China-US five-hour meeting in Bali thoroughly communicated; 'frequent dialogues help solve prominent issues'
‘Frequent dialogues to solve prominent issues, but tension would be prolonged’
Published: Jul 11, 2022 12:14 AM
Chinese State Councilor and Foreign Minister Wang Yi with US Secretary of State Antony Blinken in Bali on July 9. Source: AFP

Chinese State Councilor and Foreign Minister Wang Yi with US Secretary of State Antony Blinken in Bali on July 9. Source: AFP

US Secretary of State Antony Blinken (left) meets with Thailand's Prime Minister Prayut Chan-ocha (right) at Government House in Bangkok on July 10, 2022. Photo: AFP

US Secretary of State Antony Blinken (left) meets with Thailand's Prime Minister Prayut Chan-ocha (right) at Government House in Bangkok on July 10, 2022. Photo: AFP

Chinese State Councilor and Foreign Minister Wang Yi held a "comprehensive, in-depth, candid and efficient conversation" with US Secretary of State Antony Blinken, to which the two sides attached great importance, after attending the G20 Foreign Ministers' Meeting in Bali on Saturday, the Global Times has learned on Sunday. 

The meeting in Bali lasted more than five hours, which is a long time for a one-on-one meeting and has been rare in ministerial level talks in recent years, the Global Times learned from the meeting. 

Simultaneous interpretation was adopted throughout the meeting, it also learned. That means the two sides were able to have thorough communication on a wide range of issues in China-US relations, conducive to delivering clear messages from both sides. 

Both China and the US believe that the Saturday dialogue in Bali was substantive and constructive, and will help to enhance mutual understanding, reduce misunderstanding and miscalculation, and pave the way for future high-level exchanges between the two countries, according to the Xinhua News Agency.

The Chinese side described the meeting as "substantive" and "constructive" in the press release, which means that the two sides had a pragmatic discussion and covered comprehensive bilateral relations and specific issues in bilateral relations, an analyst told the Global Times.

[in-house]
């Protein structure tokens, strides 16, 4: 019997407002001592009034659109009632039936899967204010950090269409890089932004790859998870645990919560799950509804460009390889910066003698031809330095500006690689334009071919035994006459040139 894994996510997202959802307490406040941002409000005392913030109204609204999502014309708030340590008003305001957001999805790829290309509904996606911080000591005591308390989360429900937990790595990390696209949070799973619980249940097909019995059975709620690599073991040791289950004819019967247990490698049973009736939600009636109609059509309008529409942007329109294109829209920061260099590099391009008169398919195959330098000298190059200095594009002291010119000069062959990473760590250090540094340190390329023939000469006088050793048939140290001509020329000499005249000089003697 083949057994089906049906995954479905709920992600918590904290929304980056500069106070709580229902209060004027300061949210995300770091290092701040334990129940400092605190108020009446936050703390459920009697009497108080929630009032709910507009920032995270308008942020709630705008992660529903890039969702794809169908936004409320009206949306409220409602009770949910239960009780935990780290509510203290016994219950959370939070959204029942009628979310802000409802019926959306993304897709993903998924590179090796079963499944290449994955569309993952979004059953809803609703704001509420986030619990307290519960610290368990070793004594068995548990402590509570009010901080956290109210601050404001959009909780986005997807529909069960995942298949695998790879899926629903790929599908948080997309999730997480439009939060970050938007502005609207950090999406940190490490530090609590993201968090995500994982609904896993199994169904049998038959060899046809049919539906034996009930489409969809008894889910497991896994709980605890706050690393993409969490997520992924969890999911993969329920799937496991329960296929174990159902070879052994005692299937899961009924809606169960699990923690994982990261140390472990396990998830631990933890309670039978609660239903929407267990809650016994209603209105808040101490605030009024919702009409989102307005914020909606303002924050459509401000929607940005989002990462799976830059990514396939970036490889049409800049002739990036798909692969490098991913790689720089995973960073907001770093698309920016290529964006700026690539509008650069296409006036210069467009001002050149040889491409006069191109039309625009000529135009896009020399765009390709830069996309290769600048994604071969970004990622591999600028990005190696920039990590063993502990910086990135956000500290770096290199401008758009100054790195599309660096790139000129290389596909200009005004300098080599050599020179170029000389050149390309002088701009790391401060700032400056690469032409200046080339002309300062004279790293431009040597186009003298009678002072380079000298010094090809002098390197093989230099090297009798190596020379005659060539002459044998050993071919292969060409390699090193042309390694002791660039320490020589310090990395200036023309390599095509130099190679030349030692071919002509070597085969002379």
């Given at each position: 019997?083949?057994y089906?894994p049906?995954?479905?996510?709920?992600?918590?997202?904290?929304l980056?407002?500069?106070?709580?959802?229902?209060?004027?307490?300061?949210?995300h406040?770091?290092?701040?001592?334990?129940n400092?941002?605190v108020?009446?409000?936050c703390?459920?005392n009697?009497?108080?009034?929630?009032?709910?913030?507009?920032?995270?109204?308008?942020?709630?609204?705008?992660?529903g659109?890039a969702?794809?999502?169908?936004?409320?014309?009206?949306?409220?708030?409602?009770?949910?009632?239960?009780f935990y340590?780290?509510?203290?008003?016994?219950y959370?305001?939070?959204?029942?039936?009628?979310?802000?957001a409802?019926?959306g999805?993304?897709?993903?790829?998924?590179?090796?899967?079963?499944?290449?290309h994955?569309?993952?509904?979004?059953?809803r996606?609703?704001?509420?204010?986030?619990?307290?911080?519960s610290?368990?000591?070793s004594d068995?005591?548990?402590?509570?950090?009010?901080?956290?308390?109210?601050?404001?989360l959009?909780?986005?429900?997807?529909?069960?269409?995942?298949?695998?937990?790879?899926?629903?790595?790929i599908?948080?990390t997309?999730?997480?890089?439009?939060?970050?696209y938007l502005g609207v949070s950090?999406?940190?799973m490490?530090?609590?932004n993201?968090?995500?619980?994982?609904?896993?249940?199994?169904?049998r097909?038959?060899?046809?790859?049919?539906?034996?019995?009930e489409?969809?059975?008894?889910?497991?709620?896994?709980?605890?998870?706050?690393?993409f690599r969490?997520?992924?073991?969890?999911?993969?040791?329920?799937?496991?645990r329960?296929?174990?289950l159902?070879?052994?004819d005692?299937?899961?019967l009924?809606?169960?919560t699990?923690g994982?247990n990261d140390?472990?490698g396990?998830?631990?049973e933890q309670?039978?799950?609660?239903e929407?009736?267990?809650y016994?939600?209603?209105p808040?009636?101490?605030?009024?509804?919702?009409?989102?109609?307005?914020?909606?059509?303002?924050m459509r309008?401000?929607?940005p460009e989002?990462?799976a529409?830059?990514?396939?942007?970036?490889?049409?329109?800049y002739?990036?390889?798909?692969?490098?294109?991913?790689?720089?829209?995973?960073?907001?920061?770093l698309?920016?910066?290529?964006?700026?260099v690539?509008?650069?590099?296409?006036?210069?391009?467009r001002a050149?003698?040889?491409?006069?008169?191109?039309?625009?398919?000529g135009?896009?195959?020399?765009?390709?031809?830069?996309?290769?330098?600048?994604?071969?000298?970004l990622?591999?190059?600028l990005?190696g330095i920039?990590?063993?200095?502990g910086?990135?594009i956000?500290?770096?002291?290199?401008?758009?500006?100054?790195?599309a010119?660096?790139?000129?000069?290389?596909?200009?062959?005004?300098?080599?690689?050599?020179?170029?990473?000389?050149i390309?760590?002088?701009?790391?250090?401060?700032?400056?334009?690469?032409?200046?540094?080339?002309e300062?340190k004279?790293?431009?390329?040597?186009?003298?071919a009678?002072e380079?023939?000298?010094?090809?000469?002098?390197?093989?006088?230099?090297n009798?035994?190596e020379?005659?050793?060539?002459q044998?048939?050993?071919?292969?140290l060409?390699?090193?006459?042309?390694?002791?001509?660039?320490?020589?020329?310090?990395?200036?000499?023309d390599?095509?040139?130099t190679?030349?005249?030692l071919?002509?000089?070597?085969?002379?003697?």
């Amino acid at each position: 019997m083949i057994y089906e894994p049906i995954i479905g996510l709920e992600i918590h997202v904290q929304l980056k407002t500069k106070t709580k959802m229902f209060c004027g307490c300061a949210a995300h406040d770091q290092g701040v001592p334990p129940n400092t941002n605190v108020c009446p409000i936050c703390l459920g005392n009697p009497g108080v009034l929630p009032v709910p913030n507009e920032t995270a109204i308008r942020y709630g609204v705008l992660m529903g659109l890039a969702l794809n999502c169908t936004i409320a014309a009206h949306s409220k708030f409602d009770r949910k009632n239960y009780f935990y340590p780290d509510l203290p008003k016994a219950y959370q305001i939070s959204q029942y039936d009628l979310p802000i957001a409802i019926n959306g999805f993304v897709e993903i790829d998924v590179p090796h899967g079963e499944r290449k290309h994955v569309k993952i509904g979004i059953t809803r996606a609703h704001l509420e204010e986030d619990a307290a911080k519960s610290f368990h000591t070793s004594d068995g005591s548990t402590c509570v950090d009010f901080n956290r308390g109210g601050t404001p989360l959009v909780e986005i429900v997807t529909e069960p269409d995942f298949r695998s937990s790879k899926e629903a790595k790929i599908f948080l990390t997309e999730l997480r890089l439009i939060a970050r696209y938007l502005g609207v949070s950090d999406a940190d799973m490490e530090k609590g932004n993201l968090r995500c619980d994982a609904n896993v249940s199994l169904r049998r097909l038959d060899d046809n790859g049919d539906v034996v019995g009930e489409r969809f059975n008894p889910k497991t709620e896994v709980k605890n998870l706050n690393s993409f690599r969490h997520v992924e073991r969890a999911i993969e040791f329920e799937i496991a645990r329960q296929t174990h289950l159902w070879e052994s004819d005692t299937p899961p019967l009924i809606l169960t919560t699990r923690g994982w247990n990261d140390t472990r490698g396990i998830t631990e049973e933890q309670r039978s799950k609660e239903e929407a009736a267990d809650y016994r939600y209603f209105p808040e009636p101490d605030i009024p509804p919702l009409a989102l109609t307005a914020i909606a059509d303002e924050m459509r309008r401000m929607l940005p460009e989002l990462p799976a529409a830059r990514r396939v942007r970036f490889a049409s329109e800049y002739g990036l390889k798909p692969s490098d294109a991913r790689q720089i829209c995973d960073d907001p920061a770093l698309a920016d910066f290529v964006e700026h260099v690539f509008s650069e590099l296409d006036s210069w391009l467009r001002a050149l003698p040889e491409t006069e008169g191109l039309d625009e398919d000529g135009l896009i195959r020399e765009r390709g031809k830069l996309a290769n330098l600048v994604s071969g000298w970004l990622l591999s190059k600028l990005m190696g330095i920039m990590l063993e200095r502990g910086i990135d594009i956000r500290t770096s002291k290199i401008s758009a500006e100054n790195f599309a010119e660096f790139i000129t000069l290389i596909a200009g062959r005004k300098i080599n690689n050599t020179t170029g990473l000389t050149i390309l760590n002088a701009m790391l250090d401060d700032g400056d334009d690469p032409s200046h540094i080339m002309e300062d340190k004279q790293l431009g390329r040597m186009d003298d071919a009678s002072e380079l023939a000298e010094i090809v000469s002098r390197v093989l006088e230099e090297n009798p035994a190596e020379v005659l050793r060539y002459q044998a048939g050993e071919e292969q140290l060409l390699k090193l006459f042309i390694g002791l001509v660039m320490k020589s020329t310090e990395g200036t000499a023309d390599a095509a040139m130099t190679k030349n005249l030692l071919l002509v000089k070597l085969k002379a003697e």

The meeting was "constructive" in that some consensus was reached and some specific and outstanding issues were resolved, as can be seen from the press release, the analyst said, adding that the US has also made some positive statements, but it is more important for the US to implement what it has pledged in talks and China will observe if the US actions match its words. 

Diao Daming, an associate professor at Renmin University of China, said: "I believe Blinken was trying to deliver a message that the US would like this meeting to achieve positive progress and ease the bilateral relations. This shows that the US' willingness for communication with China is increasing." 

This is because of the inflation pressure and the problematic economic situation, experts said. According to US media, President Joe Biden could lift tariffs on just $10 billion worth of Chinese goods under a plan being discussed within the administration, while opening a new exclusion process for firms to win additional relief. That would cover only a small fraction of the duties that his predecessor imposed on approximately $370 billion worth of imports from China.

"The Biden administration's acts to seek frequent dialogues with senior Chinese officials and mentioning cooperation serve the purpose of solving imminent and prominent problems for the US, not the long-term positive development of China-US ties," Yuan Zheng, a deputy director and senior fellow of the Institute of American Studies, Chinese Academy of Social Sciences (CASS), told the Global Times on Sunday.